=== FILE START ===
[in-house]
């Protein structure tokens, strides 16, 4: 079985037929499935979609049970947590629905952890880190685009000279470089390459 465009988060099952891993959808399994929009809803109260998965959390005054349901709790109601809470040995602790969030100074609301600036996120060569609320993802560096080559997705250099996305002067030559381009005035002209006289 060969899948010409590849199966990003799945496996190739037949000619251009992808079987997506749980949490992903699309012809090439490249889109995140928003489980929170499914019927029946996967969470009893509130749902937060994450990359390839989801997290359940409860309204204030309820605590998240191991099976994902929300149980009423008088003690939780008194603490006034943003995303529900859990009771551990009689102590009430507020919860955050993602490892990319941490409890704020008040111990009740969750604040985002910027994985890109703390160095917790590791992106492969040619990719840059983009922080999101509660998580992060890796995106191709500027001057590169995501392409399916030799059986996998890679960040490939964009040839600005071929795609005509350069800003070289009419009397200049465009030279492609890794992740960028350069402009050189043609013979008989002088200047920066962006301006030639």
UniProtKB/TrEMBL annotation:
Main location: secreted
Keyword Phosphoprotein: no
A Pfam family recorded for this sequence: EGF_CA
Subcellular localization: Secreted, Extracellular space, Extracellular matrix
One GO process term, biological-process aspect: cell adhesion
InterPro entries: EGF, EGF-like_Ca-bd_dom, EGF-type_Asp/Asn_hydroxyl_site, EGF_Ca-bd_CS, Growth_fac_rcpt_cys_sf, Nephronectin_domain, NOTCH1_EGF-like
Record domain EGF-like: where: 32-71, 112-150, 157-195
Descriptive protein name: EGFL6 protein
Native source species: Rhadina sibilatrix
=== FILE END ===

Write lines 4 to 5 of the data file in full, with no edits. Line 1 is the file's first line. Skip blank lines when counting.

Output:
Main location: secreted
Keyword Phosphoprotein: no